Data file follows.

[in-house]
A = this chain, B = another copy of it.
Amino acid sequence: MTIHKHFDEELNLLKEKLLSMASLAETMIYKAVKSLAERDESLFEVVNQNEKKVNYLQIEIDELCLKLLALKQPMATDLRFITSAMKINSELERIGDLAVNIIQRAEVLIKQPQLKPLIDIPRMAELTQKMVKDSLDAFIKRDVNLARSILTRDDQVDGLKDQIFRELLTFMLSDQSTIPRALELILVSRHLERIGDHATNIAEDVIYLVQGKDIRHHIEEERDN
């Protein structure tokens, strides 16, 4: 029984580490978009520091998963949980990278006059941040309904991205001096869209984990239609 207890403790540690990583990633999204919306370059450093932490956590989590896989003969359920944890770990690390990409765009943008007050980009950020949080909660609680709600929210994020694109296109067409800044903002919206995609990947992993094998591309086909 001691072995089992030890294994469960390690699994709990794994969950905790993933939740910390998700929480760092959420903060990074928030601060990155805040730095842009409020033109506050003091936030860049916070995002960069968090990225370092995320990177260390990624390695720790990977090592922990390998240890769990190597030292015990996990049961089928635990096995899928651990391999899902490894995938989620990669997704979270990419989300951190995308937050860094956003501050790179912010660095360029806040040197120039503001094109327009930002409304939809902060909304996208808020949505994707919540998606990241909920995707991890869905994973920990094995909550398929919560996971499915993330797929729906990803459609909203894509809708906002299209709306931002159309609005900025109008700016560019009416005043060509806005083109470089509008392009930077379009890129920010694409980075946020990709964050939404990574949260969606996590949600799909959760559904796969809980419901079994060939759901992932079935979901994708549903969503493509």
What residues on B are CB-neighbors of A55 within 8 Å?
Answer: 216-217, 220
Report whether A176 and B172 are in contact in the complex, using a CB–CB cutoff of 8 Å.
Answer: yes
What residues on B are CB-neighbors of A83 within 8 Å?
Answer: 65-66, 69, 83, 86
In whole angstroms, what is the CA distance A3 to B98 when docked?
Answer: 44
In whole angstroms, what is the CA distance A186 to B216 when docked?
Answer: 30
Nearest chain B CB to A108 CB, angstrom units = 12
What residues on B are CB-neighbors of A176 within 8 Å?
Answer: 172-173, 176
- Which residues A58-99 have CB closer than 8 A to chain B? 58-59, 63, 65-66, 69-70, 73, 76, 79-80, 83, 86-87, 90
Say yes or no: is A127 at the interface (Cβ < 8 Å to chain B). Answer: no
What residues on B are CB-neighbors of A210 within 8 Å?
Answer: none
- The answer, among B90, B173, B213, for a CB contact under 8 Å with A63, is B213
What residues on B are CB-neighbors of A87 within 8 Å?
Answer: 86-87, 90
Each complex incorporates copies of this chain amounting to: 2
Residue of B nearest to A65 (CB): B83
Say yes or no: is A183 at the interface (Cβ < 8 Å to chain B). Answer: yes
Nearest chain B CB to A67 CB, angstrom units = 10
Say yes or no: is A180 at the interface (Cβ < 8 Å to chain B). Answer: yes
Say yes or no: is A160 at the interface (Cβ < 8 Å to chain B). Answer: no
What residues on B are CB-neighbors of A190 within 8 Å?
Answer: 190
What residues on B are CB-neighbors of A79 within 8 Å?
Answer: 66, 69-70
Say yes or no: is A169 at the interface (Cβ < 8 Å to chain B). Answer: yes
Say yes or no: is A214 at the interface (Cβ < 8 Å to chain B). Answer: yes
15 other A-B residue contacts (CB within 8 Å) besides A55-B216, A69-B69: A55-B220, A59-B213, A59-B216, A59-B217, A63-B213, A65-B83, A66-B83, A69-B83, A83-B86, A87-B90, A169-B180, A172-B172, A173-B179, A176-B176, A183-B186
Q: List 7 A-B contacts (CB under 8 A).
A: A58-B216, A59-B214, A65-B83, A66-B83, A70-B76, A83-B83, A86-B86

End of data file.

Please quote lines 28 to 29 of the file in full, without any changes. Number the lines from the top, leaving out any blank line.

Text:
Nearest chain B CB to A67 CB, angstrom units = 10
Say yes or no: is A180 at the interface (Cβ < 8 Å to chain B). Answer: yes